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A Binaural Beats Study on Orthodontic Pain Reduction

When it comes to dealing with pain, whether it's a headache, a muscle ache or toothache, we're often on the lookout for ways to ease the suffering. In the world of orthodontics, where braces and appliances can sometimes cause discomfort, a unique approach involving binaural beats music has been tested to see if it can help reduce pain.

Let's dive into this study to understand what it's all about.

Study Objective

The main goal of this study was pretty straightforward: to figure out if listening to music with “binaural beats” can help reduce pain after getting braces, compared to listening to regular music or no music at all. The researchers wanted to test if this natural, non-invasive therapy could make the initial adjustment period after getting braces a bit more comfortable.

Study Methods

To do this, the researchers recruited 60 people who were about to get their braces (or as they call it, a “maxillary fixed orthodontic appliance”). These folks were split into three groups: one group (the experimental group) listened to music with binaural beats (let's call it the “BBM group”), another group listened to regular music (the “placebo group”), and the last group didn't listen to any music at all (the “control group”). They then kept an eye on how much pain everyone felt over the next seven days.

A placebo group is a control group in a scientific study designed to investigate the effects of a specific treatment or intervention. However, in the placebo group, participants are not given the actual treatment; instead, they receive a “placebo”. The purpose of including a placebo group is to assess whether the observed effects are a result of the treatment itself or simply due to psychological factors like the participants' belief in the treatment.

The control group serves as a standard of comparison against which the experimental group is measured. The control group does not receive the treatment or intervention being tested, allowing researchers to assess the impact of the treatment by comparing it to a baseline or control condition.

The experimental group receives the treatment or intervention being investigated, which in this case was the binaural beats music.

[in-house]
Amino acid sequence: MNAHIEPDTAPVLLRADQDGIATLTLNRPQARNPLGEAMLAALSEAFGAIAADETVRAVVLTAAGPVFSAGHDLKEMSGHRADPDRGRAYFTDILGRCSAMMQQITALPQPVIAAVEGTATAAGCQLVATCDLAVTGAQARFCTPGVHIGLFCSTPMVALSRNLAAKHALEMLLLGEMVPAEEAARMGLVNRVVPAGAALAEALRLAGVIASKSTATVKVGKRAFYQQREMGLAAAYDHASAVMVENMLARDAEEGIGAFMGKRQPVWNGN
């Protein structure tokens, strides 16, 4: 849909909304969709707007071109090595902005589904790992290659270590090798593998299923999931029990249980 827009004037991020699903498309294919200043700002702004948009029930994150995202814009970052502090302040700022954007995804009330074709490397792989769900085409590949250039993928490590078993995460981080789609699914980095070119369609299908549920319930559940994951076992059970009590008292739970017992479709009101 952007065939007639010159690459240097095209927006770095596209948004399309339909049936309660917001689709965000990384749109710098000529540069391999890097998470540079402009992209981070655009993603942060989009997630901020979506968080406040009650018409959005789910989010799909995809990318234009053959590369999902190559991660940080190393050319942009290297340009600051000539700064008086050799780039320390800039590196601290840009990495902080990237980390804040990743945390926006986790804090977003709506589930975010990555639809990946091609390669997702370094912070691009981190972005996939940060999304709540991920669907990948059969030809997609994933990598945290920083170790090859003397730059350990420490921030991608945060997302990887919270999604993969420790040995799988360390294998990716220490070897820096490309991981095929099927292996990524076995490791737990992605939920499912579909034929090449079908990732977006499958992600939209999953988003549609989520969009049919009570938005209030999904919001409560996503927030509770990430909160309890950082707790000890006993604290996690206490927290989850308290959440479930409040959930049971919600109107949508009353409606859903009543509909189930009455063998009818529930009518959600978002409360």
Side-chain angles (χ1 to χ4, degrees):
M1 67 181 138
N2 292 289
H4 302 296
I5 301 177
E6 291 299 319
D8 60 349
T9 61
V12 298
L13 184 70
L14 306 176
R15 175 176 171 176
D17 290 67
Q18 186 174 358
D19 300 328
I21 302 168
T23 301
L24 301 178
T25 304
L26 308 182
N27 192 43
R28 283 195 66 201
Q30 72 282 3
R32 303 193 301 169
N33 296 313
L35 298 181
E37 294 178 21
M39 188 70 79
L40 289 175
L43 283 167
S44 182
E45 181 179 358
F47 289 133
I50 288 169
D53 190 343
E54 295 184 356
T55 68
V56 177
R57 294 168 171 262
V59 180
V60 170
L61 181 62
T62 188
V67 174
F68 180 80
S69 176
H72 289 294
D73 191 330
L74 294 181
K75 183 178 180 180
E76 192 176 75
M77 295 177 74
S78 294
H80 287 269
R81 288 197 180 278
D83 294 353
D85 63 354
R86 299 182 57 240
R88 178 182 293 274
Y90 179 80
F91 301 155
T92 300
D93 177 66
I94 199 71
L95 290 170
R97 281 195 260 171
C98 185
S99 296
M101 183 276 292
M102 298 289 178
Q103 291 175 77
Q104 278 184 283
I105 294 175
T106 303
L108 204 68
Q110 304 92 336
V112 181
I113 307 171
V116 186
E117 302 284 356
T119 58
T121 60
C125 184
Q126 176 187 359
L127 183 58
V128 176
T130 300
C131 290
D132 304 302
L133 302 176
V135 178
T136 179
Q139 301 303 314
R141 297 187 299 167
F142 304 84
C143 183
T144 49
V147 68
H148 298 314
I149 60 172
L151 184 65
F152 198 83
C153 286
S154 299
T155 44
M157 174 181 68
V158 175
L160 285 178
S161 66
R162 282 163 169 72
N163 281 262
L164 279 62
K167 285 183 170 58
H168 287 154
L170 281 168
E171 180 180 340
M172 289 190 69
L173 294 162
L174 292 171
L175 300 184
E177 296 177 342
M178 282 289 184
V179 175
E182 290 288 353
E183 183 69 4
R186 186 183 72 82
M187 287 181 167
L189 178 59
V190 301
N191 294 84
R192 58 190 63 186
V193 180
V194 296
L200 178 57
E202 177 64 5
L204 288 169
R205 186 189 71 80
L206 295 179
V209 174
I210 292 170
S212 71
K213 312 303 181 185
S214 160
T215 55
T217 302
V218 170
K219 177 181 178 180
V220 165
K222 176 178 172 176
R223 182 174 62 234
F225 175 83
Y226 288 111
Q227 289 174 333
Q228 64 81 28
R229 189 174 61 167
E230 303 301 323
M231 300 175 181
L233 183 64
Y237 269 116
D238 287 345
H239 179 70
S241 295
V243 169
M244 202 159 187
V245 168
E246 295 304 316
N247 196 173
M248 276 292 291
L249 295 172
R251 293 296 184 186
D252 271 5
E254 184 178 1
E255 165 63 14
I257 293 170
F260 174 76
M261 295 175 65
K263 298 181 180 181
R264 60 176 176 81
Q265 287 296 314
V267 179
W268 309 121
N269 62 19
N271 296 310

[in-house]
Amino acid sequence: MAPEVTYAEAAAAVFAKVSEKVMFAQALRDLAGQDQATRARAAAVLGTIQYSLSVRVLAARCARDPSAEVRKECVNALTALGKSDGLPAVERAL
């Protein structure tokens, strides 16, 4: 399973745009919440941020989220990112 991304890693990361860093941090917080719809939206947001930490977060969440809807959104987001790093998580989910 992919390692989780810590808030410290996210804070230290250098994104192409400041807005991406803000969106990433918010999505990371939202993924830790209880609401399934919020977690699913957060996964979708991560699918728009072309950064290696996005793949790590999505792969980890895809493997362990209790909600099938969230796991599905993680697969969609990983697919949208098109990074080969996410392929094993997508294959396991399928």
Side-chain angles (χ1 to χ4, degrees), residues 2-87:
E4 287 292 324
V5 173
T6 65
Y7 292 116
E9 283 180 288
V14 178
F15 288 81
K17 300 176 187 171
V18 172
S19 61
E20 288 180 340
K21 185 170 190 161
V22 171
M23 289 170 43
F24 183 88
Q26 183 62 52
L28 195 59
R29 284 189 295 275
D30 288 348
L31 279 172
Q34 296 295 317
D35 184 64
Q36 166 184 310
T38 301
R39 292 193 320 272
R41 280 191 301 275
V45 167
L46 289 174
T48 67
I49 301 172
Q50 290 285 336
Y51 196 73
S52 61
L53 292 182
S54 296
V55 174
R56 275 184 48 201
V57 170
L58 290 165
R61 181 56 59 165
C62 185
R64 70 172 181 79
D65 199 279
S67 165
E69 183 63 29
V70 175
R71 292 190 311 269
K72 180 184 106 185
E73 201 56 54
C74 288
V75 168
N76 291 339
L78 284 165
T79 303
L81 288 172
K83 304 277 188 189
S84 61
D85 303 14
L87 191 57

To measure pain, they used something called the “short-form McGill pain questionnaire” (SF-MPQ), which is just a fancy name for a tool that helps describe and quantify pain.

Study Results

Here's what they found:

  • The BBM group felt less pain compared to the control group after the 5th day.
  • The placebo group also felt less pain on day 6 compared to the control group.
  • When it comes to “Present Pain Intensity” (PPI), which is just a way to rate how much pain you're in, the BBM group reported lower scores than the control group from days 3 to 7. The placebo group had lower scores on days 4, 5, and 6.
  • They also used something called the “Visual Analog Scale” (VAS) to measure pain, and on day 4, the placebo group reported less pain than the control group. On days 6 and 7, the BBM group had lower scores.

The original study can be found here.


In a nutshell, this study showed that listening to music with binaural beats can reduce the pain felt by people with new braces, especially toward the end of the first week. This indicates that listening to binaural beats music is a safe, natural therapy tool for pain management.

What to Do Next?

In this study the researchers used Alpha binaural beats music, which you can find here. For pain relief, you should try even lower frequency binaural beats, such as Theta or Delta frequency, like our Muscle Relaxation and Pain Relief tracks.

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